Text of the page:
Bruno Lanvin, co-author and Executive Director of INSEAD e-Lab, believes that the GITR report can help to assess the state of inequality and allow governments to take measures to close the gap. For instance, the report indicates that contrary to popular belief, the internet was not at the heart of the technological revolution. “It has been mobile telephony,” says Lanvin. “It has really touched more individuals worldwide than the internet.” As mobile broadband takes off, Lavin believes that the internet and mobile technology will come together to produce results that the world has only imagined. As more people in underdeveloped countries gain access to the internet through their cell phones, there may be new opportunities for the poor to participate in the knowledge society.

The rest of the pack

There has been a surprising level of stability among the top 10 countries in the ranking. The Nordic countries, Singapore, the U.K. and the U.S. are always among the most networked countries on the list. However, there has been some degree of change among the mid-ranked countries. Lanvin says that the most striking area of change was in the middle of the rankings. These countries tend to have dynamic, emerging economies, such as those among the BRIC countries and the Gulf Cooperation Council (GCC).

Says Lanvin, “Those who have made massive investments in infrastructure, typically the GCC countries, such as Bahrain, Kuwait, Qatar and the U.A.E., have moved very quickly from the 60s to being in the top 30. It is quite spectacular, but they get stuck there because competition is not yet developed, skills are missing, and there are other elements that need to be brought into play.” Lanvin says that if these countries are able to address the remaining roadblocks on their path to development, they could move up significantly.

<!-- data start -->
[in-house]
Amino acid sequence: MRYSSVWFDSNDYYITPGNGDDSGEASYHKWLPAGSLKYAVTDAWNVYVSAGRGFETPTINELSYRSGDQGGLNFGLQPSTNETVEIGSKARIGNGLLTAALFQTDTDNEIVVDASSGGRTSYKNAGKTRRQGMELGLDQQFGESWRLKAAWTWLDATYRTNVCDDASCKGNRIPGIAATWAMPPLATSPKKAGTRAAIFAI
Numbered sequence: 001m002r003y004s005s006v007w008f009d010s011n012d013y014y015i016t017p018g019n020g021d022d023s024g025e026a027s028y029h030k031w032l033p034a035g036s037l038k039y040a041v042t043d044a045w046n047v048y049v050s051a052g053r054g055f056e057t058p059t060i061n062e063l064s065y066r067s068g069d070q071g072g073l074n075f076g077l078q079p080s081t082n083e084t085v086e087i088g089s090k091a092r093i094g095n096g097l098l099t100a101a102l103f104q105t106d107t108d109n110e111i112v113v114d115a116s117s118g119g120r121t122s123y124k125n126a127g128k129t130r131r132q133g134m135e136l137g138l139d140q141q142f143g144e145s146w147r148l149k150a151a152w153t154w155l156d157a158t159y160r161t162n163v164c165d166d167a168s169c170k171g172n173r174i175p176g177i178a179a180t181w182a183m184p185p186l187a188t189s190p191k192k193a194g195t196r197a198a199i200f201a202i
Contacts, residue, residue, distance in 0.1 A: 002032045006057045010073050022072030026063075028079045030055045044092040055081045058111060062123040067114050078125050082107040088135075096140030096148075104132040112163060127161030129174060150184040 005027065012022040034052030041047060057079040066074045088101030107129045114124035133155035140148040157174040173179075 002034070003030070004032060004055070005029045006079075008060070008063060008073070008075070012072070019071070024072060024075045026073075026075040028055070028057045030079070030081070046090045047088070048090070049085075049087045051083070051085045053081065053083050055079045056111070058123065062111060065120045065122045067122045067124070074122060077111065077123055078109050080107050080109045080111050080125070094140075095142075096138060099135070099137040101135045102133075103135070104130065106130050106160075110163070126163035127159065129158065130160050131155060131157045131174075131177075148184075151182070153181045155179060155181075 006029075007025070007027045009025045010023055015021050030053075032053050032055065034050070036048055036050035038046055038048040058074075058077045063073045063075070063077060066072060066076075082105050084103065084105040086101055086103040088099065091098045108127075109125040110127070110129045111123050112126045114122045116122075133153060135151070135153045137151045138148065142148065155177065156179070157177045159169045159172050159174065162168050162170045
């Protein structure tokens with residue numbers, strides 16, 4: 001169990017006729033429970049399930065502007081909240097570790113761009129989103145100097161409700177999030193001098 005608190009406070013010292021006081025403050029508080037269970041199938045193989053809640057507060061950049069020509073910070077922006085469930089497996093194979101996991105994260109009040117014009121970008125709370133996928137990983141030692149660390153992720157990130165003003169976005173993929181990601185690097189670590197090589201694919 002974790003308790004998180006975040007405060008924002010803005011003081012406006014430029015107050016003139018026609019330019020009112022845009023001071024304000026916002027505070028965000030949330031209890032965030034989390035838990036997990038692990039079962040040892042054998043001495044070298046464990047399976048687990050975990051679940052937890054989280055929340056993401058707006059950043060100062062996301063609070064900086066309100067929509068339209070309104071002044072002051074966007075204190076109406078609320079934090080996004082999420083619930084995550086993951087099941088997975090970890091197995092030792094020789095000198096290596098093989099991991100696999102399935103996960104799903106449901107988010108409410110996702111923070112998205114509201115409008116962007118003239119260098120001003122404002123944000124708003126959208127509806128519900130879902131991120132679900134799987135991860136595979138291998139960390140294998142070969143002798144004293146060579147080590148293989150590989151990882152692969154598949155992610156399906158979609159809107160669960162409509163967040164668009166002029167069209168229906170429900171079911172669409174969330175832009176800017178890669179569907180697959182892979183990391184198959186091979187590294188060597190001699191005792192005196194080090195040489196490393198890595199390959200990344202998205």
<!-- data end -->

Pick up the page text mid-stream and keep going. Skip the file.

Large developing economies, such as Indonesia and Vietnam, also have great potential. According to Lanvin, these countries are developing their education, competition and openness to the outside world while also weaving alliances with large companies. These countries, because of their large populations, can make a massive difference to the global markets if they develop their ICT.

Investment is key

The U.S. is better ranked in terms of “readiness” (#5); however, in order to further boost this pillar, efforts must be made to upgrade the skill set of its population (#32). Dutta explains, “I think where action needs to be taken more aggressively is in the area of investing, in particular in the level of skills”. He says the test is to be able to use the technology, not just have the infrastructure in place. He cites affordability as another weakness for the U.S.: broadband penetration rates are low because of low investments in both the public and private sectors. Broadband communications costs remain excessively high and although broadband availability is improving, relative to other countries, the U.S. is falling behind. “A lot of the infrastructure elements are not as well developed as in some economies. It’s funny to say but our research shows the infrastructure and mobile phones and other key technologies are often lower than in other economies such as in Scandinavia or in Singapore.”

Dutta concludes that in order to strengthen the skills and regulatory pillars, and to allow the U.S. move back up into the top 5, there needs to be a holistic strategy to invest in all three key areas: infrastructure and digital content; affordability and skills level.